- "May I come over and babysit sometime?"
Topics to avoid, unless you are a close personal friend of the parent and they have indicated that such topics are fair game (because obviously these aren't things that one may never
talk about, but they need to be handled with some care and context matters a lot):
- The baby's health (including eating, sleeping, and digestion), size, personality, intelligence, or well-being.
- The parents' health, weight/size (yes, people make comments about the bodies of people who've given birth, it's terrible and disgusting), age, mood, parenting skills, or well-being.
- Labor and delivery. Even if you've given birth yourself and are well equipped to offer support and sympathy over a hard labor, hesitate before asking someone to recall what may have been a traumatic experience.
- The process of procreation, including plans for any frozen eggs, sperm, or embryos.
- The process of adoption, guardianship, or fostering, or anything regarding the baby's birth family.
- Existing or future siblings.
- The baby's assigned gender or genital anatomy.
- The baby's race, citizenship, or ethnic heritage.
- The baby's intelligence or achievements.
- Comparing the baby with their age cohort or with any other individual child in any way.
- Plans for the baby's education.
- Plans for the baby's religious upbringing/education or lack thereof.
- Plans for childcare.
- The baby's future profession or accomplishments.
Folks with kids, feel free to let me know what you think I should add to any of these lists!
The Con or Bust auction is going on right now, and you can bid on a tea-and-advice date with me!http://con-or-bust.org/2016/05/tea-and-advice-with-rose-fox/
There are only two bids up there right now, and the top four bids win, so bid early and often. :) And if we're not going to be in the same geographical location anytime soon, we can have a Skype-and-advice date instead.
Con or Bust is a fantastic organization that gives people of color financial support and free memberships to attend SF/F conventions. They've helped hundreds of fans and do amazing work. I'm thrilled to be supporting them by donating my time, and I hope you will support them too by bidding (there are lots of other delicious things up for auction, including jewelry and signed first editions), donating to a future auction, and/or spreading the word. Fan-run fan-supporting organizations like Con or Bust are part of what make the SF/F community so great--please help them keep doing their amazing work!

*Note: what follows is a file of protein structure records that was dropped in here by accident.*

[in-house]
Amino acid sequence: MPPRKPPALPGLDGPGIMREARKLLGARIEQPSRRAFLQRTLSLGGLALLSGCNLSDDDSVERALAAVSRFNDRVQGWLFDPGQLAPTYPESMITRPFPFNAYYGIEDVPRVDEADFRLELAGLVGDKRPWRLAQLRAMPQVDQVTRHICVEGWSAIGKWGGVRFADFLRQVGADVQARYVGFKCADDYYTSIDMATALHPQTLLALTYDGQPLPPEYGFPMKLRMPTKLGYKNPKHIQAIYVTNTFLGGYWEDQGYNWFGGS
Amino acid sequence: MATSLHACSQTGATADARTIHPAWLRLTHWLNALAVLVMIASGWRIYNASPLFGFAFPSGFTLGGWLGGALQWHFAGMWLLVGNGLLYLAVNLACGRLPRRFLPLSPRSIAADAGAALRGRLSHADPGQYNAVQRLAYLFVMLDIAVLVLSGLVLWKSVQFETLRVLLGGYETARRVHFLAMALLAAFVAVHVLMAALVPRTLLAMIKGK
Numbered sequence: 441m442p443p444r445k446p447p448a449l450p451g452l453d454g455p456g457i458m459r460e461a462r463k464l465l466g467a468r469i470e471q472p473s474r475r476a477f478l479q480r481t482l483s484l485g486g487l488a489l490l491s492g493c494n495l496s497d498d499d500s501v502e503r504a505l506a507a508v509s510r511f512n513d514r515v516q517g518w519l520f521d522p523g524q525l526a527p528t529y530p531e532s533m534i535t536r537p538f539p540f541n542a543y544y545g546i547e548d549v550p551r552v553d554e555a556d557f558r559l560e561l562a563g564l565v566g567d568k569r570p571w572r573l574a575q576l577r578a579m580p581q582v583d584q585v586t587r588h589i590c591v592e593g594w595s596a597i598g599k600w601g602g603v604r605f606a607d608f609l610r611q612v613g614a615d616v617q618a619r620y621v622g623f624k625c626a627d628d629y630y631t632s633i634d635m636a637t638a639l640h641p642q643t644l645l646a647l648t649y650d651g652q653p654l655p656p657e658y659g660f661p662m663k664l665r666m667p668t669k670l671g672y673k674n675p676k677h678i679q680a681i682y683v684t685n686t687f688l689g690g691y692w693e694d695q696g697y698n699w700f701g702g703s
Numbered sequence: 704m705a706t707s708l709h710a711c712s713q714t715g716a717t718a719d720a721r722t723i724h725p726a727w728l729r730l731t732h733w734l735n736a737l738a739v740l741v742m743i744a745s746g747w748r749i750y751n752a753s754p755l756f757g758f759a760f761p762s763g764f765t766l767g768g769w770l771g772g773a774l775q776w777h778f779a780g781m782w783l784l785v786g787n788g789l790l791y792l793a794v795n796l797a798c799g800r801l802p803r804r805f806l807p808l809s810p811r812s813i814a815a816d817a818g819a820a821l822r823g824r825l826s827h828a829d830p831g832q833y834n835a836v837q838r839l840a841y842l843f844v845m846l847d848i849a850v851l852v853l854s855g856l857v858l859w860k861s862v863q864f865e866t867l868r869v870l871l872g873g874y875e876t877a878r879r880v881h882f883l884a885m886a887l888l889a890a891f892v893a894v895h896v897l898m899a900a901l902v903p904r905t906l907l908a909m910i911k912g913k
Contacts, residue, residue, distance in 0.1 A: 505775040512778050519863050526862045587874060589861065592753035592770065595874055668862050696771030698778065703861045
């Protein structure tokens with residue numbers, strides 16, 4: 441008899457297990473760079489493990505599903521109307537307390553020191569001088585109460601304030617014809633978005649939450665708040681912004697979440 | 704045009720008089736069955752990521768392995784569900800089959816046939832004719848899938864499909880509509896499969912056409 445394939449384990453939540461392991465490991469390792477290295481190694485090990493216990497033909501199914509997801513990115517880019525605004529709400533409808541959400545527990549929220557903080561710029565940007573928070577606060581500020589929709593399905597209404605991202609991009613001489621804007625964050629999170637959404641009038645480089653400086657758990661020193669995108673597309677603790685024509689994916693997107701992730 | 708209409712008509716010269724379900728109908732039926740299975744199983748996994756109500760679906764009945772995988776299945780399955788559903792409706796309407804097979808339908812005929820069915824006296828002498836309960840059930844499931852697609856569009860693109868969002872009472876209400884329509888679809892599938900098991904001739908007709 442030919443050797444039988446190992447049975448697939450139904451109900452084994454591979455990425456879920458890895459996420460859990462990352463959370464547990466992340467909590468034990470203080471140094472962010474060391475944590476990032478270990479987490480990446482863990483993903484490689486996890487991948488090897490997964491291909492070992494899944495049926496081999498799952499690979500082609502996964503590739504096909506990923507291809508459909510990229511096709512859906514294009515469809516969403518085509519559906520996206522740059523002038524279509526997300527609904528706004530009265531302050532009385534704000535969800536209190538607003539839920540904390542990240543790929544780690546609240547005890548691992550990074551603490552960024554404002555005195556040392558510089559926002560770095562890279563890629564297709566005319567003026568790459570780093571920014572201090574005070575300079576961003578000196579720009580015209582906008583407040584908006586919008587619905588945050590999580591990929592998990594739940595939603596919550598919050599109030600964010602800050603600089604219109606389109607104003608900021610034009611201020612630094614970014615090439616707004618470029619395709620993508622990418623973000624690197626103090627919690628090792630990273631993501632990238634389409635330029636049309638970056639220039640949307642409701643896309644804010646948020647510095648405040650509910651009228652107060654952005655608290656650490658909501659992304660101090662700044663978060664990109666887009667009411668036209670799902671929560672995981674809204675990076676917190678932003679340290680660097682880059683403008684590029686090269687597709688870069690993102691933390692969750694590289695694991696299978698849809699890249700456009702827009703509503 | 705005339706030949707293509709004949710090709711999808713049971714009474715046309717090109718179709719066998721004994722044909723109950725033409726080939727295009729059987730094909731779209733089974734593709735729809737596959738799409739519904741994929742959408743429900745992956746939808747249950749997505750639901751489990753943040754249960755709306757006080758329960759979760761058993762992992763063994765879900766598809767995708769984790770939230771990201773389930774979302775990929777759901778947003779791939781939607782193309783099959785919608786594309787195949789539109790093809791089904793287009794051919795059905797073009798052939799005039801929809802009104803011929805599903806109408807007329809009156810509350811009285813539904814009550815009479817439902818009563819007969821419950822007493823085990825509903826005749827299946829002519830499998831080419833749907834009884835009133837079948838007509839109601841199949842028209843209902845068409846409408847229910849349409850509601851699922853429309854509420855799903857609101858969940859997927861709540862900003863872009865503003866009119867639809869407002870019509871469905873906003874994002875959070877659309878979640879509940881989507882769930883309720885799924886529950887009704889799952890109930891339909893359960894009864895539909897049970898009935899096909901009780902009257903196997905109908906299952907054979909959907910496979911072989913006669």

When you have a baby (or are about to have a baby and are reading up on babies), you start to see the word "colic" everywhere. It's rarely defined but always made out as something dreadful, or at least extremely unpleasant--and worse, it's portrayed as incurable and inescapable. Some babies are just "colicky" and nothing can be done about it.
This turns out to be not at all true. As far as I can tell from doing a whole lot of reading on the topic, there seem to be two kinds of colic: indigestion, and emotional meltdowns. Kit's had both, and we were able to identify them pretty quickly and treat them pretty straightforwardly. Kit is a very easy-going and good-natured kid, so that may be a factor, but hopefully this info will still be useful for other parents whose babies are not quite so chill.
1) Indigestion. "Our baby screams a lot and arches in pain when fed breast milk or standard formula," we said. "Well, some babies are colicky after feeding," our pediatrician said. Aha!
, we thought. "Colicky" means "is upset about digestion pain".
And indeed, when we stopped feeding Kit breast milk and regular formula and started using a super-digestible formula (from Honest Co.
, and we recommend it very highly--Kit spits it up even less than the supposedly ultra-gentle Similac Alimentum, and it's half the price), and made sure not to feed Kit more than their tiny stomach could hold, the colic went away. Kit still fusses a bit about 10 minutes after eating, and then farts a couple of times and settles right down. If we give a teaspoon or two of Colic-Ease
every day, there's no fussing at all.
The pediatrician pointed out that since Kit wasn't vomiting up the meals, we could keep feeding breast milk (and the immunity benefits thereof) as long as we had a high tolerance for the screaming, until Kit got to be about three months old and the stomach developed enough to be able to digest the milk more easily. He did this in a very neutral way, which I appreciated--matter-of-fact, not pushing us one direction or the other. X and I stared at him with identical expressions of horror. It's not the screaming itself, but the idea of causing our child preventable pain, several times a day, for months. We considered dosing Kit with antacids, but our pediatrician shares our hesitation to put a very young baby on daily medication when there are non-medical options to pursue. So we switched to formula with some wistfulness but no regrets. That said, even if you're very dedicated to exclusively breastfeeding, there are ways of treating indigestion-type colic, and anyone (especially anyone not your doctor) who tells you that it's full-stop untreatable is probably wrong--any given attack of indigestion colic may just have to run its course, but a lot of those attacks can be prevented. Kit's always been an expert belcher and farter, so gas build-up isn't an issue, but if it were we could use simethicone drops and the Windi
. Some babies have allergies to things the breastfeeding parent is eating, and a change in diet can help. There are lots of things to try.
2) Emotional meltdowns. T. Berry Brazelton defines this type of colic very clearly in his Touchpoints: Birth to Three